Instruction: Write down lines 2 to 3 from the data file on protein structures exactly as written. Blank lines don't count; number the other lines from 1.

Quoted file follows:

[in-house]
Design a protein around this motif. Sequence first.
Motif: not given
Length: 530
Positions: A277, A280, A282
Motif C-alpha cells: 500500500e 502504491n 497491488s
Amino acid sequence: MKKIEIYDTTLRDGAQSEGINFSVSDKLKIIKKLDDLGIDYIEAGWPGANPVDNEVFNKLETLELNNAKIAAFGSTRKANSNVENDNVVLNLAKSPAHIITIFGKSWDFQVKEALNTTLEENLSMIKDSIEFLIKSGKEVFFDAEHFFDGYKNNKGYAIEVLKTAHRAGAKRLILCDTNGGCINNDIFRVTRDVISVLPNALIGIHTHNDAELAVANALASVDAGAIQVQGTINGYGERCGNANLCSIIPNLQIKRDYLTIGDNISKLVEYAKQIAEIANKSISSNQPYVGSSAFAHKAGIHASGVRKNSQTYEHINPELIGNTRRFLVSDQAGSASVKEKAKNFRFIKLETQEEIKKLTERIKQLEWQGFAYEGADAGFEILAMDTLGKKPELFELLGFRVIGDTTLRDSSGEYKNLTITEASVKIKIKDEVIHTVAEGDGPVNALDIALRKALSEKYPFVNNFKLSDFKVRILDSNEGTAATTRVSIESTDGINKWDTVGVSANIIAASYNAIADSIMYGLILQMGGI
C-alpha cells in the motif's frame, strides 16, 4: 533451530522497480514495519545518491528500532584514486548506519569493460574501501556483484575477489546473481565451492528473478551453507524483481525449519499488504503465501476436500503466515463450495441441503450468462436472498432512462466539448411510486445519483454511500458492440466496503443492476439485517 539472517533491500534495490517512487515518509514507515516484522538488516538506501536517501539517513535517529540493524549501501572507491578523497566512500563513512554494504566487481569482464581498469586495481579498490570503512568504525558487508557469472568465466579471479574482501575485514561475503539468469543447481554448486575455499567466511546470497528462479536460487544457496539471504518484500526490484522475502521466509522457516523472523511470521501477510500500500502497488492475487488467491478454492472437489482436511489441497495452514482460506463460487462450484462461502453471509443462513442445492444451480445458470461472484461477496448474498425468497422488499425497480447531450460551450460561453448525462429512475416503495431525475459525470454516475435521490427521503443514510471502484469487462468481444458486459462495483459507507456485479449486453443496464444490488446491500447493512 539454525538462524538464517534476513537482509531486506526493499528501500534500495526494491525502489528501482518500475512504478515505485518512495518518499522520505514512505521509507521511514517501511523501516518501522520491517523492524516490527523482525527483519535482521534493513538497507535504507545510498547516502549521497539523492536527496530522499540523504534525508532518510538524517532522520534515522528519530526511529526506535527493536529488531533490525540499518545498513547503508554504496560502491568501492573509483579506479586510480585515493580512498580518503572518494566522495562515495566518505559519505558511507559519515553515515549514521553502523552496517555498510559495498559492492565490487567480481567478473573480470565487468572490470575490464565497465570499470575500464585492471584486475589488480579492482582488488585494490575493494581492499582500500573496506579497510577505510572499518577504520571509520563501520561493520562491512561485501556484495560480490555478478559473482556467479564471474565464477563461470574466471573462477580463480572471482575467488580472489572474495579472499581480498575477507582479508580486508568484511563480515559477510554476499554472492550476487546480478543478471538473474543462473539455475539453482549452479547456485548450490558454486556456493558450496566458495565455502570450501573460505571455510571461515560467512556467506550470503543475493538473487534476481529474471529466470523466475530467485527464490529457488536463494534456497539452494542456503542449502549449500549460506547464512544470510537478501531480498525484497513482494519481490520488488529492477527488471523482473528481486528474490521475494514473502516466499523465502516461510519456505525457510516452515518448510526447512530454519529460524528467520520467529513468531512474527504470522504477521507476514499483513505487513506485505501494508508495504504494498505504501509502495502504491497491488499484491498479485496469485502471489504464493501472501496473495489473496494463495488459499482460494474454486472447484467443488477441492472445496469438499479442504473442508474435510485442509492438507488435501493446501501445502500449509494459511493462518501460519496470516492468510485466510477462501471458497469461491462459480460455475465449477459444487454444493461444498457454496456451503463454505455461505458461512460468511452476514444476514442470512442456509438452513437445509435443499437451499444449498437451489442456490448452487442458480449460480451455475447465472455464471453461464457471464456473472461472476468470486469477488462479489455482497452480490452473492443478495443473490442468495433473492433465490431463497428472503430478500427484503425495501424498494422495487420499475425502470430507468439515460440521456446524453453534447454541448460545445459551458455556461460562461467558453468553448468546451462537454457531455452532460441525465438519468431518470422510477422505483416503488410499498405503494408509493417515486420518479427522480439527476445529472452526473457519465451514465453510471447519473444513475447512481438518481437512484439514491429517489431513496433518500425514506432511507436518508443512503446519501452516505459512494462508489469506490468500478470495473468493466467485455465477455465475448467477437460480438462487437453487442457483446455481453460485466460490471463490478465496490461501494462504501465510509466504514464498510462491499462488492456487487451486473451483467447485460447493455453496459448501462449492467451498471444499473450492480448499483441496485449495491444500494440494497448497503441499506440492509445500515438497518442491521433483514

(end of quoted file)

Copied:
Design a protein around this motif. Sequence first.
Motif: not given